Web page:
After making the initial purchase and paying the activation fee, Genesis owners would receive an adapter that would be inserted into the cartridge slot of the console.The adapter connected the console to a cable television wire, doing so by the use of a coaxial cable output in the rear of the cartridge. Starting up a Genesis console with an active Sega Channel adapter installed would prompt for the service's main menu to be loaded, which was a process that took approximately 30 seconds. From there, gamers could access the content they wished to play and download it into their system, which could take up to a few minutes per game. This data would be downloaded into the adaptor's on-board 4 MB RAM, and would be erased when the system was powered off.
Coaxial cable, or coax is a type of electrical cable that has an inner conductor surrounded by a tubular insulating layer, surrounded by a tubular conducting shield. Many coaxial cables also have an insulating outer sheath or jacket. The term coaxial comes from the inner conductor and the outer shield sharing a geometric axis. Coaxial cable was invented by English physicist, engineer, and mathematician Oliver Heaviside, who patented the design in 1880.
Programming and transmission of the Sega Channel's monthly services started with a production team at Sega, which would put together content every month and load it onto a CD-ROM. It was then sent to a satellite station, GHz, to the local cable providers. In Canada and across South America and Europe, however, the satellite transmission stage was bypassed altogether in favor of direct uploads of the Sega Channel CD-ROM via a cable television headend. In order for the signal to function properly, it had to be clear of noise in order to prevent download interruptions. To ensure no issues, cable providers had to "clean" their broadcast signal.located in Denver, Colorado. From the station, the signal was transmitted via a Galaxy 7 satellite, which uploaded at 1.435 GHz and downloaded at 1.1
A CD-ROM is a pre-pressed optical compact disc that contains data. Computers can read—but not write to or erase—CD-ROMs, i.e. it is a type of read-only memory.
In the context of spaceflight, a satellite is an object that has been intentionally placed into orbit. These objects are called artificial satellites to distinguish them from natural satellites such as Earth's Moon.
Denver, officially the City and County of Denver, is the capital and most populous municipality of the U.S. state of Colorado. Denver is located in the South Platte River Valley on the western edge of the High Plains just east of the Front Range of the Rocky Mountains. The Denver downtown district is immediately east of the confluence of Cherry Creek with the South Platte River, approximately 12 mi (19 km) east of the foothills of the Rocky Mountains. Denver is named after James W. Denver, a governor of the Kansas Territory, and it is nicknamed the Mile High City because its official elevation is exactly one mile above sea level. The 105th meridian west of Greenwich, the longitudinal reference for the Mountain Time Zone, passes directly through Denver Union Station.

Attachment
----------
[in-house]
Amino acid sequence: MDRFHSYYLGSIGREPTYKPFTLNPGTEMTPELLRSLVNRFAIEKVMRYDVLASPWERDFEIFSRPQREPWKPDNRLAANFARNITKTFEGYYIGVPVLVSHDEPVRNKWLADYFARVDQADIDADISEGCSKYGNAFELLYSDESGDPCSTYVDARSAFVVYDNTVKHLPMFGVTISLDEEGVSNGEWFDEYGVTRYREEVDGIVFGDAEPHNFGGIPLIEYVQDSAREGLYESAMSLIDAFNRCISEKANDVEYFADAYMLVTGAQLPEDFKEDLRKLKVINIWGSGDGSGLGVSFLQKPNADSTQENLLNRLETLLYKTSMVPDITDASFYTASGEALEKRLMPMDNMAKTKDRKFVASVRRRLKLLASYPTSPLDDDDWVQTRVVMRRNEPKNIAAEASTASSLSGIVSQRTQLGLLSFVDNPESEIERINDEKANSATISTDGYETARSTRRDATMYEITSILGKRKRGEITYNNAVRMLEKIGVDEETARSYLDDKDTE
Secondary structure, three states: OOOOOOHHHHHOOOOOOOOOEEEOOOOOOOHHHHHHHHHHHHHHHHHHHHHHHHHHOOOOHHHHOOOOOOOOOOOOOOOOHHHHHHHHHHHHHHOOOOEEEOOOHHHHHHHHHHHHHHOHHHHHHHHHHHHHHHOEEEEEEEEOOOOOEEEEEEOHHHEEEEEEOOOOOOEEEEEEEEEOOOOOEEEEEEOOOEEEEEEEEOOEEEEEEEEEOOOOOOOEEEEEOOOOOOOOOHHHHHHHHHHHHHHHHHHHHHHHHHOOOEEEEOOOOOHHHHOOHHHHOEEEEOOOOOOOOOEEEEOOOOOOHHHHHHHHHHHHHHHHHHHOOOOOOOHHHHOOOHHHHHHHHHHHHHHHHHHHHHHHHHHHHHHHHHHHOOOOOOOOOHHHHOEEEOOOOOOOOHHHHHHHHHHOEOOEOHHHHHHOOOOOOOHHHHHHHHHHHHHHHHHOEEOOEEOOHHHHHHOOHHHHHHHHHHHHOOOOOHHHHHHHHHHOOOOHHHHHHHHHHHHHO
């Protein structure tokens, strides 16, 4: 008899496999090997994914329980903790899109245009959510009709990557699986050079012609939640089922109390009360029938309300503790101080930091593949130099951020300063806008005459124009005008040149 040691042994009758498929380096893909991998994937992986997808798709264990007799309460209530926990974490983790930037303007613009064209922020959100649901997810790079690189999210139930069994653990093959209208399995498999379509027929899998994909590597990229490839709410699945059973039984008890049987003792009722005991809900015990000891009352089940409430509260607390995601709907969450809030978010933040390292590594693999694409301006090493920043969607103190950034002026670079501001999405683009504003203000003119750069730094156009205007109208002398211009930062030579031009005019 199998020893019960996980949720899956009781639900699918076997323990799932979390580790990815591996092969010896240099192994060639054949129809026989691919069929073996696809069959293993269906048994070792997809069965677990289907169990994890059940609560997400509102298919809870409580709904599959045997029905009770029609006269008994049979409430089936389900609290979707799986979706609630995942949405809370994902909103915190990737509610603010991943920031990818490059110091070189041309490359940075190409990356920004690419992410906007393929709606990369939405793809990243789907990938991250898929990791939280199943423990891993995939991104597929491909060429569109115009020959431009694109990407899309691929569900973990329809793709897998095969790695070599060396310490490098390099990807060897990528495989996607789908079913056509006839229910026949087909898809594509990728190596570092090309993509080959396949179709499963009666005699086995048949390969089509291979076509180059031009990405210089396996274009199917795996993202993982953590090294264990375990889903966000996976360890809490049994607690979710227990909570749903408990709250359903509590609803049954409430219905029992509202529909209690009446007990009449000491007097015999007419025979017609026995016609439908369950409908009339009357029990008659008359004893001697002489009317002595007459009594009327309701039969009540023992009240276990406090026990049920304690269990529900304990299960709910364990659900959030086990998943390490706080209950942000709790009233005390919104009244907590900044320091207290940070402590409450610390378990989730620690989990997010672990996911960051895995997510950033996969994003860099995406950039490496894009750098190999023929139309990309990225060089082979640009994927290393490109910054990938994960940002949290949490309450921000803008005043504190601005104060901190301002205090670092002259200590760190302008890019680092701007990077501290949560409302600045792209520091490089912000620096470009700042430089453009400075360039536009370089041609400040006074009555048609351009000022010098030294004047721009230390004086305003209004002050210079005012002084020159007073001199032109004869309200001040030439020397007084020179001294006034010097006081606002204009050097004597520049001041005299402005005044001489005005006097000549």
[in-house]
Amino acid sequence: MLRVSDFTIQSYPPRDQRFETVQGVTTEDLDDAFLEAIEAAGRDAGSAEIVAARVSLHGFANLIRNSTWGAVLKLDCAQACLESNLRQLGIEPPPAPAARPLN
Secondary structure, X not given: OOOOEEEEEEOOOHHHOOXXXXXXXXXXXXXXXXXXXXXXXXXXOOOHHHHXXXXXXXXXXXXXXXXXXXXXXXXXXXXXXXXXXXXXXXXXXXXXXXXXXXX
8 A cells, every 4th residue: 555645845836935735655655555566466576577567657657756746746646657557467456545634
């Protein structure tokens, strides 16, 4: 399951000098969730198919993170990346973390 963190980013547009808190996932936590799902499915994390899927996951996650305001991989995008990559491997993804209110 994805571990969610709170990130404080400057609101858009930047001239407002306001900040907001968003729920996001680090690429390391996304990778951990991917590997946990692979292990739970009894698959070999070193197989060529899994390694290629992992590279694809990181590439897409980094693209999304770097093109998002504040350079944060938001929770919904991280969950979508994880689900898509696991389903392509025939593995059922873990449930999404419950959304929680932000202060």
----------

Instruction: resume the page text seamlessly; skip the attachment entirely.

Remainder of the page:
The Sega Channel service (also known as "Sega On The Line") hosted up to 50 Genesis games at any one time. Titles would rotate monthly;however, some updates happened on a weekly basis. In 1997, Sega changed the number of games hosted at a time to 70 and the update frequency to biweekly. Games for the service included titles developed by Sega, such as Sonic & Knuckles , Eternal Champions , and Space Harrier II ; as well as titles developed by licensees of Sega, such as Bubsy 2 and Aladdin . Some of these games had reduced content compared to their cartridge release so that they could fit the adapter's memory, such as Super Street Fighter II . Sega Channel also hosted games in some regions that would not receive a cartridge release, such as Pulseman , Mega Man: The Wily Wars , and Alien Soldier , which were hosted on the service in North America. The service also offered demos of upcoming games, such as Primal Rage . Though games and demos rotated on a regular basis, categories into which games were placed remained static and did not change. With parental controls in mind, all games for the service received a rating from the Videogame Rating Council. The service also contained a lockout system which would allow parents to set a passcode in order to access mature rated content.
In addition to games and demos, Sega Channel also hosted other features. Cheat codes were directly accessible from the network, as well as game hints.The service also hosted contests, such as a promotion with Electronic Arts' Triple Play '96 , and a 1995 event where players who completed Primal Rage during a brief 24-hour period where the full game was accessible were given a phone number to call, making them eligible to win prizes.